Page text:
And if the crisis were to give progressives, and the union and social movement, the occasion to renew the interrupted debate on the orientation of the European construction?
In such a perspective, there would be some chance to build the social Europe that is so vehemently rejected by the present leaders of the European Union. We can’t hold our breath until those who, in the government, in the organisms in Brussels, in the editorial rooms, who supported the Maastricht Treaty, then the project for a European Constitution, and finally the Lisbon Treaty, have the courage to admit that life has given the lie to their predictions.
They promised bread and roses to peoples “united in their diversity”, and mocked all those who had the impertinence to contest being towed along by liberal dogma omnipresent in the European Treaty. You don’t have to be a Marxist to admit that in every situation and in every controversy, it’s practicality that wins the day. Listen again today to the speech given by Nicolas Sarkozy on 21 February 2007 in Strasbourg, in the heat of the presidential election, and the curious echo it rings: “To unblock Europe’s institutional structure is, in my eyes, an absolute priority, if we wish that Europe not be transformed into a simple free-market zone in which speculators and predators from around the world come to confront each other.”
Isn’t this exactly what we see before our eyes, exactly what the Lisbon Treaty has imposed, which was supposed to have put an end to that imaginary “institutional blockage” inherited from the Treaty of Nice (2000)? Aren’t the financial markets and their bond rating agencies acting against the economies of Greece and Portugal? And aren’t they doing this precisely because the treaties enshrine the total liberty of movements of capital within the Union?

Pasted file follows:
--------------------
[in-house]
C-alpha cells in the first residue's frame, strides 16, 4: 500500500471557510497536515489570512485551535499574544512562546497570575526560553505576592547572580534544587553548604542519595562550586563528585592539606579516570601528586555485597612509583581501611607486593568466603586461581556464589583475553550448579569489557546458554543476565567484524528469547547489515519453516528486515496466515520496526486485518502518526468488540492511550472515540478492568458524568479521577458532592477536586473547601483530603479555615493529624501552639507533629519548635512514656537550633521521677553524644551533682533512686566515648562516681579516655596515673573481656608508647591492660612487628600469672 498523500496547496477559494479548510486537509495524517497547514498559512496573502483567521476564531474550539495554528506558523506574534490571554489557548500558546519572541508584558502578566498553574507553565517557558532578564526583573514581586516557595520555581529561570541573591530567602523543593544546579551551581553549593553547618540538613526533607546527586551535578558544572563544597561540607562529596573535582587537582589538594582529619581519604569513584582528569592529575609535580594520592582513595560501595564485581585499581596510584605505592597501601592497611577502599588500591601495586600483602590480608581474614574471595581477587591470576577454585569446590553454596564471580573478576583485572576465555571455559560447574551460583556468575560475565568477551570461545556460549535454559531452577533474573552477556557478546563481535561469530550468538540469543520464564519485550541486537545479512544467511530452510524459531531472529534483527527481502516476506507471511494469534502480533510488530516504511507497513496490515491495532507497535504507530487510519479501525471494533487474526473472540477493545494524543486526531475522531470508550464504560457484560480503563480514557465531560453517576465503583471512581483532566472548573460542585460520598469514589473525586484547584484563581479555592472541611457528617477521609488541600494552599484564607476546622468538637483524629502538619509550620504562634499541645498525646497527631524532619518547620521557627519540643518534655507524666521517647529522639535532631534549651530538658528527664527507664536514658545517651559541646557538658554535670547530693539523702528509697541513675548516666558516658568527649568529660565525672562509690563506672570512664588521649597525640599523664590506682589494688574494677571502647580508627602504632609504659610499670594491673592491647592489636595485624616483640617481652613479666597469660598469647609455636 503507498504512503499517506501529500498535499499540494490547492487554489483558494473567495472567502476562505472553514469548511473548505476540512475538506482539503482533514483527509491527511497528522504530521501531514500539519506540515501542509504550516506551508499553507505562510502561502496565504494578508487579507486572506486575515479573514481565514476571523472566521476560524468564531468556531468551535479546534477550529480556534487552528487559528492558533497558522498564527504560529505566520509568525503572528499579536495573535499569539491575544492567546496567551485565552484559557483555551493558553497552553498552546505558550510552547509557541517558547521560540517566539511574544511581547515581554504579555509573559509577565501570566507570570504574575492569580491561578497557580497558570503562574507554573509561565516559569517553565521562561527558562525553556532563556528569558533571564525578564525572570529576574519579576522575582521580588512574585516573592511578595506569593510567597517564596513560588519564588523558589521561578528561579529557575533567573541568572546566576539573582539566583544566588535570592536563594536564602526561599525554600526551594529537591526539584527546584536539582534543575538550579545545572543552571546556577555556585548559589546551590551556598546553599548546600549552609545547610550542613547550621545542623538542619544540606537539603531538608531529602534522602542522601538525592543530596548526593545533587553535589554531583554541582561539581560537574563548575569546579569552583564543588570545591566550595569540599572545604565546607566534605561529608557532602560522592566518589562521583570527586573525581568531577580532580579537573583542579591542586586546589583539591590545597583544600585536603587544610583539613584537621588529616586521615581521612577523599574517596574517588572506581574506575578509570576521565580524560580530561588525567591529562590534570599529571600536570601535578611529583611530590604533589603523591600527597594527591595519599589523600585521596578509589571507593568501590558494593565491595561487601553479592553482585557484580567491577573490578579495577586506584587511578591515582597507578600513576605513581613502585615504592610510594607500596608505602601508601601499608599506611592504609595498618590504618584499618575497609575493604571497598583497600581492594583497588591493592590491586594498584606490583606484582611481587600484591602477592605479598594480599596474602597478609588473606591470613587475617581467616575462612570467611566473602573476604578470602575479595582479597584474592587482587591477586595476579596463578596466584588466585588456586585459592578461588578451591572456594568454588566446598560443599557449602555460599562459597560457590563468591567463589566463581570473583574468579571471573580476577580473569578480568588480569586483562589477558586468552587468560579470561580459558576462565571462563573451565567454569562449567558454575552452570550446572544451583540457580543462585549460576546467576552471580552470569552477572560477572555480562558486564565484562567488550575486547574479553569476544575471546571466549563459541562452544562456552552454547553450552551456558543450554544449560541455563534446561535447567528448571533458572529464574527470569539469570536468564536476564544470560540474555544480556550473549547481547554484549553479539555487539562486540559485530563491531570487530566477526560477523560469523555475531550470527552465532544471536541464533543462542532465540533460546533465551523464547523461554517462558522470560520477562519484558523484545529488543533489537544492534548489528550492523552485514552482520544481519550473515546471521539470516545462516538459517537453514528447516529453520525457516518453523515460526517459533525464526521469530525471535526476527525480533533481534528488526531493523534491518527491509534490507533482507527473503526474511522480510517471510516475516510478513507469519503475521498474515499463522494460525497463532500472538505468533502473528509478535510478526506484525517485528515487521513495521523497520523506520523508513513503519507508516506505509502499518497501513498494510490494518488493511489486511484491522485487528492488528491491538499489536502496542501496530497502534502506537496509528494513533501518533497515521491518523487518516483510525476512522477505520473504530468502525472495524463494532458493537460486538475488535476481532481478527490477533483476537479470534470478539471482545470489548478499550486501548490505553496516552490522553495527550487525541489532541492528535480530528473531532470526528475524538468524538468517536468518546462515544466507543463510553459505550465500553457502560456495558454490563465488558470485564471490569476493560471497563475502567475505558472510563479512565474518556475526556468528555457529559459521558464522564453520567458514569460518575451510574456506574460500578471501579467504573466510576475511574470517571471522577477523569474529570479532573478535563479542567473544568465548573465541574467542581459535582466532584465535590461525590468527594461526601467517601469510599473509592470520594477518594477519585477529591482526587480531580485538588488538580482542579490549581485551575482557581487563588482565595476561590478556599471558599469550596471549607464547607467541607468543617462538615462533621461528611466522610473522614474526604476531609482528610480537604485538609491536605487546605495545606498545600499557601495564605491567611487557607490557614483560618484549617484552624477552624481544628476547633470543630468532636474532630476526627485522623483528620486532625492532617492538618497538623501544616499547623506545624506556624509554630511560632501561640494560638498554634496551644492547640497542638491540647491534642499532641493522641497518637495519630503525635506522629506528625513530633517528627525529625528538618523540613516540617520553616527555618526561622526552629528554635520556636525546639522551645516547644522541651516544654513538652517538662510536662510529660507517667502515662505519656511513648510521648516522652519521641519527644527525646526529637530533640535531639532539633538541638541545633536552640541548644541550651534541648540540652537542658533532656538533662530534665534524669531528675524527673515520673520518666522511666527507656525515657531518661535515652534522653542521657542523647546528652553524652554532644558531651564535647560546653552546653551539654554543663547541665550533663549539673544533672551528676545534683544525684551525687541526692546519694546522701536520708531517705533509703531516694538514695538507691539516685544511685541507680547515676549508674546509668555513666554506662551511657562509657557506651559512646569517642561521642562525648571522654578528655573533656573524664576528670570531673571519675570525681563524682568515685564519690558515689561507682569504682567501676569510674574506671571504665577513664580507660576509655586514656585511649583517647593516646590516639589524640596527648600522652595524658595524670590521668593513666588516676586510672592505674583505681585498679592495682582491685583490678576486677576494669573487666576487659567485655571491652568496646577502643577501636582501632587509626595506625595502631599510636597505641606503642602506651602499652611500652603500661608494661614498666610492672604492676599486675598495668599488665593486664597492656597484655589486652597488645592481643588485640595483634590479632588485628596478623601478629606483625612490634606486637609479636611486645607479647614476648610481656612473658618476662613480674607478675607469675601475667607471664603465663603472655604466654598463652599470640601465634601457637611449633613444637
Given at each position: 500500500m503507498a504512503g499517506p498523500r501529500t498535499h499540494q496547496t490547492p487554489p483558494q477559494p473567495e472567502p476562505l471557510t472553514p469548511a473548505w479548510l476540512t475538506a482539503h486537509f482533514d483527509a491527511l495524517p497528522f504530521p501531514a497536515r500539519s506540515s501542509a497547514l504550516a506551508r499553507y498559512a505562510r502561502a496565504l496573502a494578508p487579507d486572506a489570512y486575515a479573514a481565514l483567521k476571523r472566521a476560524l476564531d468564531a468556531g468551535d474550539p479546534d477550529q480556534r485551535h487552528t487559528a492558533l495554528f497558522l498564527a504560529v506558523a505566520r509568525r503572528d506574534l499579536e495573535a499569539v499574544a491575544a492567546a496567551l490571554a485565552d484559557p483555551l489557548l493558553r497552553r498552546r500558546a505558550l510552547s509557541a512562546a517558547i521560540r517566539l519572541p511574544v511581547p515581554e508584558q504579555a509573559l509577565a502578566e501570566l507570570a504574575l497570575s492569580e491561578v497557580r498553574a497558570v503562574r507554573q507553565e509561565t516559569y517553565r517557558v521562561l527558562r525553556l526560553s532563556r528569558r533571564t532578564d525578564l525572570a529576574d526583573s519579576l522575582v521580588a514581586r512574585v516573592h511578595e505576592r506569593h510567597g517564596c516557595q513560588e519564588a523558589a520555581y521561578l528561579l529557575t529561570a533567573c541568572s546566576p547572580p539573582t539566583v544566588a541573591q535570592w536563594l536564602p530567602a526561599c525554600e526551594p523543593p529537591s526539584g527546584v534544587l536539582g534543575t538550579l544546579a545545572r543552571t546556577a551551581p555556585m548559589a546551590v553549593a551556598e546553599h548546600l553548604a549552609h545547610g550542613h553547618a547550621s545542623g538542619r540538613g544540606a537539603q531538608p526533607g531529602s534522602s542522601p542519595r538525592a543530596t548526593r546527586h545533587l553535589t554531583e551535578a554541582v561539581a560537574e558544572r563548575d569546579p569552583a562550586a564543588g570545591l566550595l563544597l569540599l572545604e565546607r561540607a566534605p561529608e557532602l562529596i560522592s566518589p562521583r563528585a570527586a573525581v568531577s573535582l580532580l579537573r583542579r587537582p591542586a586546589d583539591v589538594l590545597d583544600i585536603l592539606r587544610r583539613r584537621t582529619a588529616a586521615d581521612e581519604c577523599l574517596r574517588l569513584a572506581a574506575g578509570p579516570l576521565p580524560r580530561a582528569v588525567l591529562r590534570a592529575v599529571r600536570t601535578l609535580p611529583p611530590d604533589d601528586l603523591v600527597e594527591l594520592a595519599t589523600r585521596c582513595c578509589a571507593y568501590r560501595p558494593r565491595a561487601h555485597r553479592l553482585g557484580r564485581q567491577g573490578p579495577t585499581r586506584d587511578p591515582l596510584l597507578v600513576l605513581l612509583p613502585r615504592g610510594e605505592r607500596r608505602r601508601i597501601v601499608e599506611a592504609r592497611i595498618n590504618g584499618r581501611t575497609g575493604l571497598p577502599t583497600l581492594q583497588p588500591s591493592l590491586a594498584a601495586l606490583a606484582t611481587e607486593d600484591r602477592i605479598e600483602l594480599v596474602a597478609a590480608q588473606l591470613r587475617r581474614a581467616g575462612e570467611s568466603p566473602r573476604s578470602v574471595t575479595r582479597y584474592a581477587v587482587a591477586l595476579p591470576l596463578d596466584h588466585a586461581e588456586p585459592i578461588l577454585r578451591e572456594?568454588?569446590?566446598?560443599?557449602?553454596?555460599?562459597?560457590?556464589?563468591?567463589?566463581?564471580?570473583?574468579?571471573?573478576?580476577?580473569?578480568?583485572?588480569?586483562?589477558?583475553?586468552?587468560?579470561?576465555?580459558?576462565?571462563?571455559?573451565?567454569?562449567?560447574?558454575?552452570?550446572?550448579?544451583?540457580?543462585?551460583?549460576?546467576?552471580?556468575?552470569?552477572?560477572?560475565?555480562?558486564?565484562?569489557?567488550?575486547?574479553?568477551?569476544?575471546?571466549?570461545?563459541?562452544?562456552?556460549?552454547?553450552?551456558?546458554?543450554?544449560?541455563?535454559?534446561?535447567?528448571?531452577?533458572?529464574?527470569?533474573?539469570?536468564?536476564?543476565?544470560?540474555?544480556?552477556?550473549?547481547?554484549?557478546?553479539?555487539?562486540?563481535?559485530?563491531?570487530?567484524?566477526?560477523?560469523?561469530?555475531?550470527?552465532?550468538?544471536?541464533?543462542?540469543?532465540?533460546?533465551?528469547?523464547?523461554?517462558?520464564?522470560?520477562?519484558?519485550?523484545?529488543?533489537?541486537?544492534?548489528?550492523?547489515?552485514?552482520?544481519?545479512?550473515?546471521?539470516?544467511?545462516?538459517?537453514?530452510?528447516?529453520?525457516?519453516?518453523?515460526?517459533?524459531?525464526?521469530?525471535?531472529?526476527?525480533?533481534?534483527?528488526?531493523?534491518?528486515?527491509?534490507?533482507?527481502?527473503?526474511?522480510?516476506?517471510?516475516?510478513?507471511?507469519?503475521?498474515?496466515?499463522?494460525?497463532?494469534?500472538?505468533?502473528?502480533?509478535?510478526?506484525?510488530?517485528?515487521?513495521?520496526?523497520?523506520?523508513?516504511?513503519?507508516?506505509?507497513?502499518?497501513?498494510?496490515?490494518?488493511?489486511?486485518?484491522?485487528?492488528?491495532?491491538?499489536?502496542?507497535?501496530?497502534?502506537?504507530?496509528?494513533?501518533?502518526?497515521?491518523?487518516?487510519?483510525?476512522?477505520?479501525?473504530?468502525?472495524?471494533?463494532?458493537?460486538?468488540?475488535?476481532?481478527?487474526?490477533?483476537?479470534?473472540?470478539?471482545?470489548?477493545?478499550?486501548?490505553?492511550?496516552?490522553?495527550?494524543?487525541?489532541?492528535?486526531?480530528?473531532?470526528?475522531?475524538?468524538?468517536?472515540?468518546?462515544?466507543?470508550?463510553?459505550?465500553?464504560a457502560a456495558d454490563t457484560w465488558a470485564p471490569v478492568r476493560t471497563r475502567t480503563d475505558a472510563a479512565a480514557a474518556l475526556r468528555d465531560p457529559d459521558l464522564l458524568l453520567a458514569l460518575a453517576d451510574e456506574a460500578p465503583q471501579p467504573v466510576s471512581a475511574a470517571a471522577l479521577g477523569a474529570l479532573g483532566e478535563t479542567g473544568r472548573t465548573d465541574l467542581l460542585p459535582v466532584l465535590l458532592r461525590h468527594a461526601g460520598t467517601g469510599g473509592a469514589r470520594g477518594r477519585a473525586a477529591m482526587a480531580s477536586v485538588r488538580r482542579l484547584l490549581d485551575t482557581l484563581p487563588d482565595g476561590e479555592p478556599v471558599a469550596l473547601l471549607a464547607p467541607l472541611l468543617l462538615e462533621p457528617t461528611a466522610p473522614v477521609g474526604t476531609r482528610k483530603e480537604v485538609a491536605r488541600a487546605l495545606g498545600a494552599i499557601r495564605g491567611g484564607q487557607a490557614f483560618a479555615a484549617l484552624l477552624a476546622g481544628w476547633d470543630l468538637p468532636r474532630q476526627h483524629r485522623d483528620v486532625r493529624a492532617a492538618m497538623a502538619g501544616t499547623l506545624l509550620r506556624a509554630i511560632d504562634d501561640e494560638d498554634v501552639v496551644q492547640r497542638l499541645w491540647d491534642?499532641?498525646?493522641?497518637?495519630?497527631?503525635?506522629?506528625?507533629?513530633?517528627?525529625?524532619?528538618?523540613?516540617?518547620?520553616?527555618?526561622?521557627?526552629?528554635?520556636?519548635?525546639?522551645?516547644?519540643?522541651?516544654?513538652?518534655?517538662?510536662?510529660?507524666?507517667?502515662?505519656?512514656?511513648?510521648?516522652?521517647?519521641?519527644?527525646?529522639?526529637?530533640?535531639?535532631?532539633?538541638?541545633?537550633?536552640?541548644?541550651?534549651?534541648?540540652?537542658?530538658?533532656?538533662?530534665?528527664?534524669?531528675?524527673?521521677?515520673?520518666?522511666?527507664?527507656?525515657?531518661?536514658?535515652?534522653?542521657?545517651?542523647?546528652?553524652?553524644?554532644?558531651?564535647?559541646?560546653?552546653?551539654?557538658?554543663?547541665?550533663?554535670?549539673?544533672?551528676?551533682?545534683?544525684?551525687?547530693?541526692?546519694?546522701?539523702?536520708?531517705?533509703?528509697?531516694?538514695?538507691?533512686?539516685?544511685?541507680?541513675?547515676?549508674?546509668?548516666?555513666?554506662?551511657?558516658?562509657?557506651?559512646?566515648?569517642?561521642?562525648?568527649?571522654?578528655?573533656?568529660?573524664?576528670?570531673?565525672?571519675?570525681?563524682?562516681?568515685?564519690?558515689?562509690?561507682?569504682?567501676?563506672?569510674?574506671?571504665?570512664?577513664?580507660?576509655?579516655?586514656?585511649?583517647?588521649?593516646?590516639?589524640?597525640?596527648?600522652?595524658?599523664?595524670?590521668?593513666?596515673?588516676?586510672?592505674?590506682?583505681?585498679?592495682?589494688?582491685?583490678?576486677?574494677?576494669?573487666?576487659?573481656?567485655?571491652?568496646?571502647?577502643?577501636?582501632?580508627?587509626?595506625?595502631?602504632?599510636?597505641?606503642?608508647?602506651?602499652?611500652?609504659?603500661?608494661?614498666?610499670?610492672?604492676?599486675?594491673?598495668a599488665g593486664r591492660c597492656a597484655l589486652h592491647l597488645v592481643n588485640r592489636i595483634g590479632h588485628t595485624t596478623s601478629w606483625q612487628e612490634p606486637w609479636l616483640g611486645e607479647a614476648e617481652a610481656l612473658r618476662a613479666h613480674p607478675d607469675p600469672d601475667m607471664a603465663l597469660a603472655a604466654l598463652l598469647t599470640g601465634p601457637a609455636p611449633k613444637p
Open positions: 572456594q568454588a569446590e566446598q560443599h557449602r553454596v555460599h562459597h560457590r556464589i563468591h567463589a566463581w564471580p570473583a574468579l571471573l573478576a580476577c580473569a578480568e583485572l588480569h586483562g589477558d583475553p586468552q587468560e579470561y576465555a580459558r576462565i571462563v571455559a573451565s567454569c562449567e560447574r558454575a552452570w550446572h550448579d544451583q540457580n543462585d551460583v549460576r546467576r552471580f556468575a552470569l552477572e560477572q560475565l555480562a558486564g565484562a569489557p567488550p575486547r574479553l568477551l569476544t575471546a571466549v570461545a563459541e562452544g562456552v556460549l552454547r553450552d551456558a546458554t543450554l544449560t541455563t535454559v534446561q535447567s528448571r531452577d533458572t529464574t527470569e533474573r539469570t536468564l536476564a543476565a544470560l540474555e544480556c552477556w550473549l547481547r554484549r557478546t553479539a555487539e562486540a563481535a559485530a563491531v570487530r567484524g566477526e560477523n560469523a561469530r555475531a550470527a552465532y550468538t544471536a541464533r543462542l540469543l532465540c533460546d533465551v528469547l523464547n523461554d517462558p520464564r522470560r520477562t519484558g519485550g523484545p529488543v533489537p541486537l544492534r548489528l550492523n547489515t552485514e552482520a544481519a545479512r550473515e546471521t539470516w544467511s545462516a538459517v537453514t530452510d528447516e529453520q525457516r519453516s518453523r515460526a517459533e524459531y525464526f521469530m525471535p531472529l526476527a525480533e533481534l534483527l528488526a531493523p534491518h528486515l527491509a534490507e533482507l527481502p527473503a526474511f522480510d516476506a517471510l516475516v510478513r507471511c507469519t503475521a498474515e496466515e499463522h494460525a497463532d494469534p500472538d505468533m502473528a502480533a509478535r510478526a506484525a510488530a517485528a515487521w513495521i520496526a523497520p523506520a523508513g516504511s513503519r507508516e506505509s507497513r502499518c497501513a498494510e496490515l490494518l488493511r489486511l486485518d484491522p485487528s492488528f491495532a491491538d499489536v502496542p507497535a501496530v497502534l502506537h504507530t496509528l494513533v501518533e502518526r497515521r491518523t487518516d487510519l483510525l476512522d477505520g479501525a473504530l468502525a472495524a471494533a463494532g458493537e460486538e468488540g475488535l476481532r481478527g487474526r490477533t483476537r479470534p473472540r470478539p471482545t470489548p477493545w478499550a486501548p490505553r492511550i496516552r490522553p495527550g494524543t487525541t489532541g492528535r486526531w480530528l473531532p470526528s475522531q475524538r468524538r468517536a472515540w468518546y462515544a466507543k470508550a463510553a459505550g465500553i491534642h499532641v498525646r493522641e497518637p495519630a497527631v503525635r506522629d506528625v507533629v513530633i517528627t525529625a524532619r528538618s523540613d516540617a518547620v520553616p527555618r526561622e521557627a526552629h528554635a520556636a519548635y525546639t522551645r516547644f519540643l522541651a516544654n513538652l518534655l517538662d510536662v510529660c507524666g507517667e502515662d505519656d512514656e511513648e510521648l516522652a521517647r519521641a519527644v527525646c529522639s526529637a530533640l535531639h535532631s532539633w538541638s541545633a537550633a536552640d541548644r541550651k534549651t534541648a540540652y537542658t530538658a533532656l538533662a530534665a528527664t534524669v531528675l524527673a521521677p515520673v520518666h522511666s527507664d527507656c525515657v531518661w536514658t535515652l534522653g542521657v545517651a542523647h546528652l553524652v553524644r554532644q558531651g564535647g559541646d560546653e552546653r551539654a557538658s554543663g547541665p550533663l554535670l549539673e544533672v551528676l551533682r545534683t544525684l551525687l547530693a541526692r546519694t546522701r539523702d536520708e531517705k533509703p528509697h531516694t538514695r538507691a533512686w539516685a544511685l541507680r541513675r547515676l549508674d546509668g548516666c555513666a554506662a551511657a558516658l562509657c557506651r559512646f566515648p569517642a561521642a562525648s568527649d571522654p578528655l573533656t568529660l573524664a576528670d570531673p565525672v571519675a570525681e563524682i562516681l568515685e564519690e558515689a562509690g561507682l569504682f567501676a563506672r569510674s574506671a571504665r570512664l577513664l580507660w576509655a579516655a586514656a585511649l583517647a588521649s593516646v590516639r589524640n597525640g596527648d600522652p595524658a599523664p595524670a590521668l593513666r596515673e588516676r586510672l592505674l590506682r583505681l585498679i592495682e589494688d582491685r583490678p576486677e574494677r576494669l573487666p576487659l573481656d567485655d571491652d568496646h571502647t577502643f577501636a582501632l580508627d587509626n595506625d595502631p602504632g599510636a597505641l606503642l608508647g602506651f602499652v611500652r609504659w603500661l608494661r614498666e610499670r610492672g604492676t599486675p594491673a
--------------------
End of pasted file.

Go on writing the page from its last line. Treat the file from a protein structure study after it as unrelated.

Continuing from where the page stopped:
In his time, Charles de Gaulle got heated up about those who “jump around like goats, shouting Europe! Europe!”. Today it is time to stand up against those fire-brands who speak of Europe, but think only of the markets, the competition between peoples and between workers, ah! their sacred competition, the all-powerful Central European Bank, but never think of the Europeans themselves. Think of the Greek people who are resisting the blood-letting that the Doctors Diafoirus  of the IMF and of the big countries of the European Union – France and Germany foremost – want to administer them. Think of the working families in Portugal promised, by their prime minister José Socrates, a new cure of austerity with raising of the sales tax and reduction of social expenditures. And of the public service workers and the retired in Spain, to whom José Luis Zapatero has announced a wage cut of 5% as a starter and freezing of pensions as second course.
History has proven correct those who denounced the Single European Act in 1986, who voted “no” to the Maastricht Treaty in 1992, and rejected the Giscard constitution in 2005. But the makers of the crisis obstructed the debate in progress, wishing to fix the destiny of Europe in isolation from the people, and today wish to deprive the parliaments of the right to vote freely their own national budgets. This liberal and authoritarian haste is pushing Europe toward a catastrophe. We must reopen the citizen debate, to provide proof that a different European construction is possible.
 Wikipedia: Thomas Diafoirus was a doctor from the play Le Malade imaginaire by Molière. He is portrayed as a pedantic man who loves to use elaborate scientific terminology but is not overly concerned with his patients’ actual health.